One could ask: why should another team work on Blizzard's iconic IPs, even "only" as support? If Boomberg's reports are taken at face value, the blame lies with the studio's recent failures. Last year, Diablo 2 Resurrected (the remake of the second installment of the Diablo series) was developed by so-called Team 1 - the same team that took care of the development of Heroes of the Storm, Starcraft II and Warcraft III: Reforged. The latter title is particularly important here. After the disastrous reception of this RTS, the developers held a meeting to identify the reasons for the failure.

According to the documentation obtained by Bloomberg's journalists, the main reasons indicated by the meeting were errors in planning, problems with communication and premature release. The latter was said to be due to financial pressures from the board, which apparently also had trouble informing developers about some "minor" details. For example, the developers had no idea about plans to announce Warcraft III: Reforged in November 2018 and the start of pre-orders the following year.

Of course, the staff meeting wasn't about finding a scapegoat. The team wanted to make sure they would avoid similar pitfalls while working on Diablo II: Resurrected. However, they were not given such a chance. Not much later Activision handed of the project to the developers from Team 3. On October 15, 2020 the creators learned about the "reorganization of the entire division", which included the de facto shutdown of Team 1. Its members moved either to other divisions of Blizzard, or to the studios created by its former employees (including Michael "Mike" Morhaime's Frost Giant and Dreamhaven).

Diablo 2 Remake in the Works? Vicarious Visions Joins Blizzard - picture #2
Before Cyberpunk 2077, it was the remake od Warcraft 3 that was cited as "disappointment of the year".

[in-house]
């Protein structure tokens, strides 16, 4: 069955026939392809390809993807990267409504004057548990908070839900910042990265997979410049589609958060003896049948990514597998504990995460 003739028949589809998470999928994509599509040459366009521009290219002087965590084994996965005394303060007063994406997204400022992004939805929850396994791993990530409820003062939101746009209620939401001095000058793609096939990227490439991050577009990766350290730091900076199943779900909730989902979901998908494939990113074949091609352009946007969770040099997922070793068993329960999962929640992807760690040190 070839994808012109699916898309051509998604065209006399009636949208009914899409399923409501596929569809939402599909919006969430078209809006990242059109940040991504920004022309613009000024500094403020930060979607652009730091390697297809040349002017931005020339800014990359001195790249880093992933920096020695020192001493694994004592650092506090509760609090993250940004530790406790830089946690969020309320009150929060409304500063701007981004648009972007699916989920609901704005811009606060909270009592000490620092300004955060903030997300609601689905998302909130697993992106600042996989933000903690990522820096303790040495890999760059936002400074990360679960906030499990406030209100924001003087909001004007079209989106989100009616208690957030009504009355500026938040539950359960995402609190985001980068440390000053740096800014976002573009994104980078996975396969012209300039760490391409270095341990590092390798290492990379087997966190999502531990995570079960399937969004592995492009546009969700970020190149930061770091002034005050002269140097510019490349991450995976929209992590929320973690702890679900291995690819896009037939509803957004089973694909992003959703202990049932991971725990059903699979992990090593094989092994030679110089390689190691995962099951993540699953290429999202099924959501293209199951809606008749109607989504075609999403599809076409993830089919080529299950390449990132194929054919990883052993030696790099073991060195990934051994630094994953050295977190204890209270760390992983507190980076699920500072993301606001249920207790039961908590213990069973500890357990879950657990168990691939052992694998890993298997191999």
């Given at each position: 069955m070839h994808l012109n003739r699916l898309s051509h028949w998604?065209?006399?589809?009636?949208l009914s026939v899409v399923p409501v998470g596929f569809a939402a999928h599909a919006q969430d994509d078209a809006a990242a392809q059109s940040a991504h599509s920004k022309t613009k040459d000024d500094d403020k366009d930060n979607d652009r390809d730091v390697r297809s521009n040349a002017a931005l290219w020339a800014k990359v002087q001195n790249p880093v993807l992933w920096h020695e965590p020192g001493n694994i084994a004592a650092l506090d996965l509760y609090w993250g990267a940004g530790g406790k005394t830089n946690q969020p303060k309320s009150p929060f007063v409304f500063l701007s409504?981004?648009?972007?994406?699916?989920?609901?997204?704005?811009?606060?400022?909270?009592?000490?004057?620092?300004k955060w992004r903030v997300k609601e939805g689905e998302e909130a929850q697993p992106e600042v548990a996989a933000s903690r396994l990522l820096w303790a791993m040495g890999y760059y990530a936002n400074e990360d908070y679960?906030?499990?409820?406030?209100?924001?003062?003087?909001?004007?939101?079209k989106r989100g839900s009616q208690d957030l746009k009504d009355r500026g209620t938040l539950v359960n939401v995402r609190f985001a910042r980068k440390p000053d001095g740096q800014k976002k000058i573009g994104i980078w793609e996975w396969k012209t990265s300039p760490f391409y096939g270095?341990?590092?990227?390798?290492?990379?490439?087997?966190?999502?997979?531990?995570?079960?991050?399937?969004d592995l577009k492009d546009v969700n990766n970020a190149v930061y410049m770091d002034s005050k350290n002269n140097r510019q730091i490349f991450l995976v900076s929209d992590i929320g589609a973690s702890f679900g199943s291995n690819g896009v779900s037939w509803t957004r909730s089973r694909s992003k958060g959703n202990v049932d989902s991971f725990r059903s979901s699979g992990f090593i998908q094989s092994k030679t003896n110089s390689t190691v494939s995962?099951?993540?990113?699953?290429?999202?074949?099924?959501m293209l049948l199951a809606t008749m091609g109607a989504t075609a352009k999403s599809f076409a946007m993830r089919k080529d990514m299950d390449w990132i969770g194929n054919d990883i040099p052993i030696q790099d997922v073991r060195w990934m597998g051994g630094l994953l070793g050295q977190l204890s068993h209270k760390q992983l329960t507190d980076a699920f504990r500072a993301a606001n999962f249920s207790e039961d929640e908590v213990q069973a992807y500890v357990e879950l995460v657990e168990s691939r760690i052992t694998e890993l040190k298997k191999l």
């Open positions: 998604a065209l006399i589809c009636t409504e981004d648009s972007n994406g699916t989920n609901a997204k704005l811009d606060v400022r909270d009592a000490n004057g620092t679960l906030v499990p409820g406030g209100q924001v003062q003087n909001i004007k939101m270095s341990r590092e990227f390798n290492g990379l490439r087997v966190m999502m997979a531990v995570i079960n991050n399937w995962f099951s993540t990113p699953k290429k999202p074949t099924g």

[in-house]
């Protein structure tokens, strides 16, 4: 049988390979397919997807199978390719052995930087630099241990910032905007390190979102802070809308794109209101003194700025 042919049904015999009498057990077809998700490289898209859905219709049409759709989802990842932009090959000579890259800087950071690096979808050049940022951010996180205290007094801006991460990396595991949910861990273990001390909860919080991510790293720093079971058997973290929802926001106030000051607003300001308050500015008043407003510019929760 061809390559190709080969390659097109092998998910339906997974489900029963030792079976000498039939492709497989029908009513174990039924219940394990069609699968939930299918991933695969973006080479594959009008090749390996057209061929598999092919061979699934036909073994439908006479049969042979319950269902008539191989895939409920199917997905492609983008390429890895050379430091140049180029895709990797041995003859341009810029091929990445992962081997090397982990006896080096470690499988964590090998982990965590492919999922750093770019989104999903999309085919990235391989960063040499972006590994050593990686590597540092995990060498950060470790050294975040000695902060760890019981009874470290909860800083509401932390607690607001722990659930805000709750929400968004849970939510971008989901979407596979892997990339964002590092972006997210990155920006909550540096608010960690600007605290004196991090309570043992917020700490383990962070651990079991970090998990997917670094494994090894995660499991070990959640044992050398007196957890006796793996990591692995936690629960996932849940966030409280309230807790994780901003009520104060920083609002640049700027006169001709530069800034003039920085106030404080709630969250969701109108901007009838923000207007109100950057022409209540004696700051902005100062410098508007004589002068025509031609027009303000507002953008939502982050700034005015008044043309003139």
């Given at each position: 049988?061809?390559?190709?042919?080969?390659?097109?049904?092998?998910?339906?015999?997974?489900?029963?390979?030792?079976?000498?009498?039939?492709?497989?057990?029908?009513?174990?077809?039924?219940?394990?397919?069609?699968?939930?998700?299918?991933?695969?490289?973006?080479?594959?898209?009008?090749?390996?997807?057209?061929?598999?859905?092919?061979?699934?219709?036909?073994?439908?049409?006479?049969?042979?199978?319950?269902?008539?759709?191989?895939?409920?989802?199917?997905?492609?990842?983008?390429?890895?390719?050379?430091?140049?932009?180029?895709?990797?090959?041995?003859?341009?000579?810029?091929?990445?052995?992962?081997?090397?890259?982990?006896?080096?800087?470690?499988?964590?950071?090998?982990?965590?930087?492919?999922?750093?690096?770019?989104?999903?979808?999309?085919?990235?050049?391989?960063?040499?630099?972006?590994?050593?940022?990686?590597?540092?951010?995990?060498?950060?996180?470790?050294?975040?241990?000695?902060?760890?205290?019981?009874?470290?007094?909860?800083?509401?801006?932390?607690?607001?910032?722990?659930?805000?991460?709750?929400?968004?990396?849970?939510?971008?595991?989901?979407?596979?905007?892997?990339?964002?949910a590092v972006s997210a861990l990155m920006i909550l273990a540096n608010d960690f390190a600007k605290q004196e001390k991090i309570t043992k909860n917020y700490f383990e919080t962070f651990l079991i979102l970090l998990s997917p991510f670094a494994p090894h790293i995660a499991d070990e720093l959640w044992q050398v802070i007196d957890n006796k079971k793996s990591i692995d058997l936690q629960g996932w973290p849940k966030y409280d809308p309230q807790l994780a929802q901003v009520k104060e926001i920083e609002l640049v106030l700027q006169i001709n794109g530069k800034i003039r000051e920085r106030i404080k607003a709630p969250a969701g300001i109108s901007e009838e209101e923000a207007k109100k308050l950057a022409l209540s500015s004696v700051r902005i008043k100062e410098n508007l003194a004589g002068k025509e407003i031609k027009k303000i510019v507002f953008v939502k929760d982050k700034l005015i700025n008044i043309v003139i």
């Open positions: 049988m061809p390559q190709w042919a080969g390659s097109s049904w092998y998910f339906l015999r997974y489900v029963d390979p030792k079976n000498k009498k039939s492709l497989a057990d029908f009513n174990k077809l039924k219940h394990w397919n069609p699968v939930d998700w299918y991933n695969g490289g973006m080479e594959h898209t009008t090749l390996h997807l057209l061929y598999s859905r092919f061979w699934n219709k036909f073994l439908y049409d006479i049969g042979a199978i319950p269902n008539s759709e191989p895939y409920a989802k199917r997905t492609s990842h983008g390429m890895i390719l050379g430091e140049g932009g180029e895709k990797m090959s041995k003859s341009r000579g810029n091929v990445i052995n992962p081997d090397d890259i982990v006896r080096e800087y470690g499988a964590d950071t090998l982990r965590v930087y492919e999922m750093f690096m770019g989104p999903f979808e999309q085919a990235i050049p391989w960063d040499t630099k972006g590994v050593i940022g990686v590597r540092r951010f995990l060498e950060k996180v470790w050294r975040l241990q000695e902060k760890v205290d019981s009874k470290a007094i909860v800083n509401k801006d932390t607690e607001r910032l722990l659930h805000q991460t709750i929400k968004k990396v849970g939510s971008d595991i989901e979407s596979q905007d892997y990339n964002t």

This chain of events seems to be confirmed by official information. On the same day that the reorganization was to be announced, Activision Blizzard announced the reduction of support for StarCraft 2, previously developed by Team 1. Will the same fate befall Warcraft III: Reforged? Probably not, because Bloomberg obtained assurances from a representative of Blizzard that the company is still determined to support the community centered around the game with subsequent updates. He did not reveal, however, who will be responsible for further development of the title or when the long-awaited changes and improvements will finally be released.

Quo vadis, Blizzard?

Of course, it's impossible to pass judgment on the impact of Blizzard's "cooperation" with Vicarious Visions on future projects, especially since, so far, the only information about one of them comes from leaks. However, the decision on the merger has met with a negative reaction from Internet users. Some of them do not understand why the team that relatively recently delivered excellent games (even if they were mainly remakes of old series such as Tony Hawk and Crash Bandicoot) has been subordinated to the studio which can not boast of a major successes in the last few years (at least when it comes to new projects). Others see this as the end of Blizzard's "classic games team" (as Team 1 has often been called) and further evidence of the loss of any remaining autonomy for a company once renowned for its independence and "when it's ready" delivery.